Pam Hager, Ph.D., Senior Vice President of Instructional Consulting, shares another leadership development insight with us:
“I recently introduced a new group of learners to Q4 behavior. The group was very interested in learning how each of the four different behaviors found on the Dimensional® Model of Behavior™ can impact others.
The group spent a lot of time discussing the impact of their boss’ worst behaviors. Together, we determined that when bosses exhibit non-Q4 behavior, that behavior fails to inspire Q4 behavior in direct reports.
One participant then asked why companies don’t just hire all Q4 behavior? It sounds awfully easy, but I challenged the group to think about how realistic it would be to hire only Q4 applicants. Broken into small teams, participants spent a few minutes discussing the feasibility of such a hiring decision.
Here are some of the group’s ideas:
- Since Q4 is behavior the preferred method for getting things done in the workplace, some assessments can isolate a tendency to behave that way. There are no guarantees that the candidate would behave in a Q4 way in the workplace.
- It’s not so easy to engender Q4 behavior in the workplace. That’s because behavior is usually a reaction to someone else’s behavior. For instance, a Q1 boss can inadvertently encourage Q1 or Q2 behavior from direct reports. It’s more challenging to stay in Q4 behavior when the person you’re working with is not Q4.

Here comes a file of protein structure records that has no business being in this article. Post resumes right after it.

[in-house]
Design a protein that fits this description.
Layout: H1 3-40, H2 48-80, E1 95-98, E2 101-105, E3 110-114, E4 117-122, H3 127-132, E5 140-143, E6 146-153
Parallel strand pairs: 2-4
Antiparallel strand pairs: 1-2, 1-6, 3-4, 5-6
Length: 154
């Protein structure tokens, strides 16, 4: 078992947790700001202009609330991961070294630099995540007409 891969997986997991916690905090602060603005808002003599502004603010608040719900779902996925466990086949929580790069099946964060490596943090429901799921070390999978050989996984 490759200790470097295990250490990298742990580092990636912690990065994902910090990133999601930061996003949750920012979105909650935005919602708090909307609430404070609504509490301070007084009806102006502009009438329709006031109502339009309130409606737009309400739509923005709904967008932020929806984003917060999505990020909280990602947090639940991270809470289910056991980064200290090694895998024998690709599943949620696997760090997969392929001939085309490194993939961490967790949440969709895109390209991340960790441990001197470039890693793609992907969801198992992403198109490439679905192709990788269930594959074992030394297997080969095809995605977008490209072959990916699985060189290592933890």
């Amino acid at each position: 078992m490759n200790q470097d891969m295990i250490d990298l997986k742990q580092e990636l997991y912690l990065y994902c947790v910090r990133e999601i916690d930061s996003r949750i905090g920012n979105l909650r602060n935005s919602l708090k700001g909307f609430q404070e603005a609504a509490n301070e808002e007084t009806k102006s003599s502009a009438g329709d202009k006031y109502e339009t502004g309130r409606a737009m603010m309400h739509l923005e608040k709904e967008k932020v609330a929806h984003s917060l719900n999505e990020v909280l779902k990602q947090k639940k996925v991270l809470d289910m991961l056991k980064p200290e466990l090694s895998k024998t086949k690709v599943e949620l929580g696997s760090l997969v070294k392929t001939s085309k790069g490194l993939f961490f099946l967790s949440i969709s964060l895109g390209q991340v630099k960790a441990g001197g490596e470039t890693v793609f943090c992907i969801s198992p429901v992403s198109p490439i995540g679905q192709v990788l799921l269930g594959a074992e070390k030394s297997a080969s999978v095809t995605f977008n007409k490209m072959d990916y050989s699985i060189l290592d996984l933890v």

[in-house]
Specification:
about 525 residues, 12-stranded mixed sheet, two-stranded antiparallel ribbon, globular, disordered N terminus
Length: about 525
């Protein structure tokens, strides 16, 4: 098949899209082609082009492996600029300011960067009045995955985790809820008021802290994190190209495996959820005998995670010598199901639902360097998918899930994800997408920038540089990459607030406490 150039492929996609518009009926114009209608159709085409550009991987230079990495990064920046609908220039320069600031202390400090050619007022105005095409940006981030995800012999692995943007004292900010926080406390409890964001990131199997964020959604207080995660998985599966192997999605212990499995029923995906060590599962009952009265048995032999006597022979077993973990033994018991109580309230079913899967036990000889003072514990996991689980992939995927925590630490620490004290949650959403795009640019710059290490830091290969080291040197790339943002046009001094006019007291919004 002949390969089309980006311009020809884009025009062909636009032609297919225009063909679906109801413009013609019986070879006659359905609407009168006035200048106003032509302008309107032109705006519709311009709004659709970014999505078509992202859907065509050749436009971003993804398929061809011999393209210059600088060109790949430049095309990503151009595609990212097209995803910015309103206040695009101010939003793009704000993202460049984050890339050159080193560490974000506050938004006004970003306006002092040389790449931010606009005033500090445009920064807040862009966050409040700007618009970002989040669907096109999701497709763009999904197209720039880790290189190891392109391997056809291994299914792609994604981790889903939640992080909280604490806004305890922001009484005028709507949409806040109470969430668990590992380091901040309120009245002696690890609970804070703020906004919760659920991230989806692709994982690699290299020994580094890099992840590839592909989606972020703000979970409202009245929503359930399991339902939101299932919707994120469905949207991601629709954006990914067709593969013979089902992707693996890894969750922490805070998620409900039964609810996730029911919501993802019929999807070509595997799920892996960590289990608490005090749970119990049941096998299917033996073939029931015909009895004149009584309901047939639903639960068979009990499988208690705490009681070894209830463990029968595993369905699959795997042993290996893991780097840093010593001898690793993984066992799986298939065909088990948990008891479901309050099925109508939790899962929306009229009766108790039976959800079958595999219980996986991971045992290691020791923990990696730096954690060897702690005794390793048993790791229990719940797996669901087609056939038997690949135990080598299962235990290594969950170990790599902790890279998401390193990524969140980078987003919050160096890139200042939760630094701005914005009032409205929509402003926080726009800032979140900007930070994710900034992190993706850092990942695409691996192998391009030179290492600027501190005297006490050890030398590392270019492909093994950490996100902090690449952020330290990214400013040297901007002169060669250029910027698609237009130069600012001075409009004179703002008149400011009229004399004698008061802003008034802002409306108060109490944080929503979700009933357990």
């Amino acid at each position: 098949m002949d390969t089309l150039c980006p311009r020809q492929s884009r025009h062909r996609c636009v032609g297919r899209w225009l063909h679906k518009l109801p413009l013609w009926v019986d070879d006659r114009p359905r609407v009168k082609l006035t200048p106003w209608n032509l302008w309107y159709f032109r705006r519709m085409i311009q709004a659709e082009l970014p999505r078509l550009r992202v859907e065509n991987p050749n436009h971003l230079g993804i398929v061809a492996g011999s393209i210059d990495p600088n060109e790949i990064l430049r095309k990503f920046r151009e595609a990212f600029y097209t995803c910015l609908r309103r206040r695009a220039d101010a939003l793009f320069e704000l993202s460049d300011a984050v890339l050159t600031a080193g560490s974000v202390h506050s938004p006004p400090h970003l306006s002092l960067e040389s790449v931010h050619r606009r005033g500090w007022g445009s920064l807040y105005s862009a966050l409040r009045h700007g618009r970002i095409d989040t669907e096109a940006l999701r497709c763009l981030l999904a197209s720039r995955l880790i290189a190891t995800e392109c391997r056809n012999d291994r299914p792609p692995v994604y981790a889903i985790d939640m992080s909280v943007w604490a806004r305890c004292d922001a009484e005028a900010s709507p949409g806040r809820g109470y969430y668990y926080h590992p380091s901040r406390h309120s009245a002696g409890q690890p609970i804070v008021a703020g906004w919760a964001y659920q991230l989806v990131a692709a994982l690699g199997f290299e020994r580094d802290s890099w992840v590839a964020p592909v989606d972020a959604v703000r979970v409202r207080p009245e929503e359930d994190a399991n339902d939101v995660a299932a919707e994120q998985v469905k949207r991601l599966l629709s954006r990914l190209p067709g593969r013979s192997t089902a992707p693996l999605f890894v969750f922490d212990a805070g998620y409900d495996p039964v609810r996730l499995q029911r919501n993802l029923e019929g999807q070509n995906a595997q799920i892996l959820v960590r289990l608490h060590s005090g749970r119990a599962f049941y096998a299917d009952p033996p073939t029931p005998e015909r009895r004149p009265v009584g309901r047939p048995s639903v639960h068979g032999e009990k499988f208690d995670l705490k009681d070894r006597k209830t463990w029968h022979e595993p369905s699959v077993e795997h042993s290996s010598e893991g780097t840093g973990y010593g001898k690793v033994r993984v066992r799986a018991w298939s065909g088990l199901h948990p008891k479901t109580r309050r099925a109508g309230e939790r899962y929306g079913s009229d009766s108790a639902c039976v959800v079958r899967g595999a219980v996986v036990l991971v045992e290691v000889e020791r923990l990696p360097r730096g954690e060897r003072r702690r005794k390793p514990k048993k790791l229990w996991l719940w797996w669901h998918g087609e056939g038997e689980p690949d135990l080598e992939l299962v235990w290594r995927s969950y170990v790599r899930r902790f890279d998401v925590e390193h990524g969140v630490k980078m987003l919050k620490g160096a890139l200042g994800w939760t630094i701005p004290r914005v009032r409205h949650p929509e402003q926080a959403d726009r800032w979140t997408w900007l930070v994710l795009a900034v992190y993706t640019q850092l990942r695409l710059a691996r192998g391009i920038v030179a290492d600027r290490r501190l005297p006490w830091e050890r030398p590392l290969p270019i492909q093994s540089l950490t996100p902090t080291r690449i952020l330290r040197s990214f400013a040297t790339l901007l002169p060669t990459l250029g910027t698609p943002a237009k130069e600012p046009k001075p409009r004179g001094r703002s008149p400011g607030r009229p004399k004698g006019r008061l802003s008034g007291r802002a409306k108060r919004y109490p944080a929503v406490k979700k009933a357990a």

But what do we do with current employees who demonstrate non-Q4 behaviors? It’s clearly not feasible to fire everyone with non-Q4 behaviors. Instead, it is simpler and more profitable to work with employees to help them embrace more Q4 behavior. One idea is to encourage and reward Q4 behavior while discouraging and disciplining non-Q4 behaviors. Some of our clients build Q4 behavior into their values, performance management systems, and the very fabric of their culture. And of course, it’s key to model Q4 behavior ourselves, as well as investing in Q4-based leadership development for those who need it.”